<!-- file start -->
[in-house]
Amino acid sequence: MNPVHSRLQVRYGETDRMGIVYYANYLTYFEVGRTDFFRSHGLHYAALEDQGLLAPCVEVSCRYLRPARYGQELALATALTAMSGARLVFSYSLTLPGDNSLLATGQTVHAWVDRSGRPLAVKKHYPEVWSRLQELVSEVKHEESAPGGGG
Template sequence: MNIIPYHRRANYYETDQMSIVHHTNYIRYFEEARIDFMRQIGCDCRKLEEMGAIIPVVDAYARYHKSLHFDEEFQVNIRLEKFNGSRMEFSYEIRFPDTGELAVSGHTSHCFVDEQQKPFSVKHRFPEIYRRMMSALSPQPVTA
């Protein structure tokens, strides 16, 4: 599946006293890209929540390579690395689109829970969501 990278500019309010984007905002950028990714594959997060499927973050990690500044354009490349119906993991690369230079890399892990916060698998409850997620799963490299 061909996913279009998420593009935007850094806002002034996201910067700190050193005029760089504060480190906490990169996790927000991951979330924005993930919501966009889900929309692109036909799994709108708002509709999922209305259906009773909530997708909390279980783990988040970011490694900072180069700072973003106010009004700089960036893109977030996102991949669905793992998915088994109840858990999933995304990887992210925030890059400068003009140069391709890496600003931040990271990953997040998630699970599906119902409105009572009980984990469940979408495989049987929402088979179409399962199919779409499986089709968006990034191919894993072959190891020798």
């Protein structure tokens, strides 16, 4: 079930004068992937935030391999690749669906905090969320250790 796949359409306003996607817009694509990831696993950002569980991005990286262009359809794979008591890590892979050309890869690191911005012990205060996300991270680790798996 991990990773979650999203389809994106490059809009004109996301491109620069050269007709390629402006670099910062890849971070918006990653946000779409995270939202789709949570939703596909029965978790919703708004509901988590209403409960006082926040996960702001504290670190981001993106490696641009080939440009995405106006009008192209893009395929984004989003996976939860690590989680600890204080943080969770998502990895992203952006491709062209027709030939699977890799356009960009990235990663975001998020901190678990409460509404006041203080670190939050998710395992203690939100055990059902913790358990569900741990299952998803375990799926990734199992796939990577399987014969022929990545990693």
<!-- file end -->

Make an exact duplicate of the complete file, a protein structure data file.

[in-house]
Amino acid sequence: MNPVHSRLQVRYGETDRMGIVYYANYLTYFEVGRTDFFRSHGLHYAALEDQGLLAPCVEVSCRYLRPARYGQELALATALTAMSGARLVFSYSLTLPGDNSLLATGQTVHAWVDRSGRPLAVKKHYPEVWSRLQELVSEVKHEESAPGGGG
Template sequence: MNIIPYHRRANYYETDQMSIVHHTNYIRYFEEARIDFMRQIGCDCRKLEEMGAIIPVVDAYARYHKSLHFDEEFQVNIRLEKFNGSRMEFSYEIRFPDTGELAVSGHTSHCFVDEQQKPFSVKHRFPEIYRRMMSALSPQPVTA
């Protein structure tokens, strides 16, 4: 599946006293890209929540390579690395689109829970969501 990278500019309010984007905002950028990714594959997060499927973050990690500044354009490349119906993991690369230079890399892990916060698998409850997620799963490299 061909996913279009998420593009935007850094806002002034996201910067700190050193005029760089504060480190906490990169996790927000991951979330924005993930919501966009889900929309692109036909799994709108708002509709999922209305259906009773909530997708909390279980783990988040970011490694900072180069700072973003106010009004700089960036893109977030996102991949669905793992998915088994109840858990999933995304990887992210925030890059400068003009140069391709890496600003931040990271990953997040998630699970599906119902409105009572009980984990469940979408495989049987929402088979179409399962199919779409499986089709968006990034191919894993072959190891020798």
């Protein structure tokens, strides 16, 4: 079930004068992937935030391999690749669906905090969320250790 796949359409306003996607817009694509990831696993950002569980991005990286262009359809794979008591890590892979050309890869690191911005012990205060996300991270680790798996 991990990773979650999203389809994106490059809009004109996301491109620069050269007709390629402006670099910062890849971070918006990653946000779409995270939202789709949570939703596909029965978790919703708004509901988590209403409960006082926040996960702001504290670190981001993106490696641009080939440009995405106006009008192209893009395929984004989003996976939860690590989680600890204080943080969770998502990895992203952006491709062209027709030939699977890799356009960009990235990663975001998020901190678990409460509404006041203080670190939050998710395992203690939100055990059902913790358990569900741990299952998803375990799926990734199992796939990577399987014969022929990545990693």